Under the new framework, however, this same family would reduce income by only the new $24,000 standard deduction; no personal exemptions would be permitted. As a result, taxable income would be $16,000, and with the new bottom rate of 12%, this family would pay tax of $1,920, or $1,500 greater than under current law.

it appears, however, that the new framework is trying to ameliorate the impact of this tipping point by accommodating for the loss of personal exemptions by creating an enhanced child tax credit and even a $500 credit for non-child dependents, like an elderly parent. How much these credits help, however, won't be clear until more detail is provide as to just how they'll work. It is also very important to note that these changes to the tax credits don't appear to increase the amount of any credit that is refundable; as a result, if a low-income taxpayer has no tax liability, this won't increase the amount of their refund. Thus, the lowest-income of taxpayers will not be harmed by the changes, but won't benefit either.

SO PERHAPS WITH A $500 CREDIT FOR NON-CHILD DEPENDENTS, IT MAKES IT A BIT EASIER TO SWALLOW FOR LARGE FAMILIES?

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Re: Trump-Republican tax plan bad for large families
« Reply #112 on: September 27, 2017, 08:12:53 PM »
As for CHARITY, it may take a huge hit.
With the raise in the standard deduction, only people that have lots of mortgage interest over $24,000 will benefit from adding charity to their itemized deduction, or for people that give a lot of charity above $24,000. But for the small guy, that might have benefited from giving 5k or 10k to charity, that will no longer be a benefit.

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Re: Trump-Republican tax plan bad for large families
« Reply #113 on: September 28, 2017, 01:11:13 AM »
I was reading today that they plan to get rid of the $4050 exemption per person in the family, as i predicted.
But being that there will be alot of back and forth in congress regarding the tax bill, NOW IS THE TIME TO REACH OUT TO YOUR CONGRESSMAN AND SENATOR.
But that might be (at least partially) offset by a larger child tax credit.

Quote
Increase child tax credit: The framework calls for a "substantially higher" child tax credit, which today is worth $1,000 per child under 17. It will be up to lawmakers to determine how much higher to make it. In addition, it would raise the income thresholds for eligibility for the credit, meaning more people would qualify for it.
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Re: Trump-Republican tax plan bad for large families
« Reply #114 on: September 28, 2017, 01:22:12 AM »
But that might be (at least partially) offset by a larger child tax credit.

But exemptions work for anyone in your house that you are claiming no matter the age, since you are supporting them.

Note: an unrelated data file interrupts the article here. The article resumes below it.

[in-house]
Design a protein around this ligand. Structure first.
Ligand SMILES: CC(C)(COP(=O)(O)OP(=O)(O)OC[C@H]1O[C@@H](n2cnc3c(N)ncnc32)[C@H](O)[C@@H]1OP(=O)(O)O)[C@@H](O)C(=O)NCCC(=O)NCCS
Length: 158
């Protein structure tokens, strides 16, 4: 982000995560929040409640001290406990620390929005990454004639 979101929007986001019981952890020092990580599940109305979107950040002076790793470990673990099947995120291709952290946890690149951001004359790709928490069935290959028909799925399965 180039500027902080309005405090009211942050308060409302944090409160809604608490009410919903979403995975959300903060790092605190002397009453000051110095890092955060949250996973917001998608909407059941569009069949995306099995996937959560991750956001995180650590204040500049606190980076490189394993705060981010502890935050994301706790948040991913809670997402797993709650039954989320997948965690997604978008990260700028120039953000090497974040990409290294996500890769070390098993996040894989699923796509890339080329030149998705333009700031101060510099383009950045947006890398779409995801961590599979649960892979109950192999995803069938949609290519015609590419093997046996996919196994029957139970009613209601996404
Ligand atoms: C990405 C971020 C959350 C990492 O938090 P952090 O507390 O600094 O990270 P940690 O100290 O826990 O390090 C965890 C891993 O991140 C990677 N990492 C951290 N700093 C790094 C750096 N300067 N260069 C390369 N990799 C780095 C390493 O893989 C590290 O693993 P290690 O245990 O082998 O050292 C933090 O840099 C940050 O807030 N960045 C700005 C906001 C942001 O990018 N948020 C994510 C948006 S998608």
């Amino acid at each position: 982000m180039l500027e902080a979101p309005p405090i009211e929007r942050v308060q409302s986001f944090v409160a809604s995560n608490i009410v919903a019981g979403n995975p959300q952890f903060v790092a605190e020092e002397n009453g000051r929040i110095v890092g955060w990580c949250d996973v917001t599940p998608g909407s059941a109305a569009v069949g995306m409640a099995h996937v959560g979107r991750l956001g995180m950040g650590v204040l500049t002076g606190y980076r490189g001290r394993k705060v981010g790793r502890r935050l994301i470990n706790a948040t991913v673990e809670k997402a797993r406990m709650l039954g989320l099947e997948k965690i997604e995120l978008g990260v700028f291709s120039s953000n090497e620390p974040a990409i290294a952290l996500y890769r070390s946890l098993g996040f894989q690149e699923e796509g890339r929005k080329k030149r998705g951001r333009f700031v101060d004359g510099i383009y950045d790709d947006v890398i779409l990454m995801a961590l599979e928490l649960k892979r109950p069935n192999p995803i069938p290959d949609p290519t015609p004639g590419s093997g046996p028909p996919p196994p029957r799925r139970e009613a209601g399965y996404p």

Making the child tax bigger is nice, but it's useless for anyone in your family over the age of 17.

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Re: Trump-Republican tax plan bad for large families
« Reply #115 on: September 28, 2017, 11:55:36 AM »
But that might be (at least partially) offset by a larger child tax credit.

If that credit is remains refundable, would be nice...

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Re: Trump-Republican tax plan bad for large families
« Reply #116 on: September 28, 2017, 12:07:23 PM »
But exemptions work for anyone in your house that you are claiming no matter the age, since you are supporting them.
Making the child tax bigger is nice, but it's useless for anyone in your family over the age of 17.
At the lower end (and possibly up to middle) of the income scale, I would guess that (refundable) credits are more meaningful than personal exemptions.
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Re: Trump-Republican tax plan bad for large families
« Reply #117 on: September 28, 2017, 12:30:03 PM »
As for CHARITY, it may take a huge hit.
With the raise in the standard deduction, only people that have lots of mortgage interest over $24,000 will benefit from adding charity to their itemized deduction, or for people that give a lot of charity above $24,000. But for the small guy, that might have benefited from giving 5k or 10k to charity, that will no longer be a benefit.
Loss of the state/local tax deduction makes it even worse for charity.
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Re: Trump-Republican tax plan bad for large families
« Reply #118 on: September 28, 2017, 12:37:49 PM »
Loss of the state/local tax deduction makes it even worse for charity.

How many Yidden are motivated by the tax benefit to give Tzedoko rather than the Mitzvah?

OTOH, maybe cutting out some of the "Charity" that goes to "Progressive" causes might actually be a good thing.

You've got to see the silver lining in everything.
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Re: Trump-Republican tax plan bad for large families
« Reply #119 on: September 28, 2017, 12:44:19 PM »
How many Yidden are motivated by the tax benefit to give Tzedoko rather than the Mitzvah?

OTOH, maybe cutting out some of the "Charity" that goes to "Progressive" causes might actually be a good thing.

You've got to see the silver lining in everything.

I was going to say something similar, but any big donors are still going to get the charitable deduction. The guy who gives $5k-$10k a year might not itemize anymore, but nothing changes for the 100k donors
I'm an optimist; but only because life isn't going to give me any other good choices.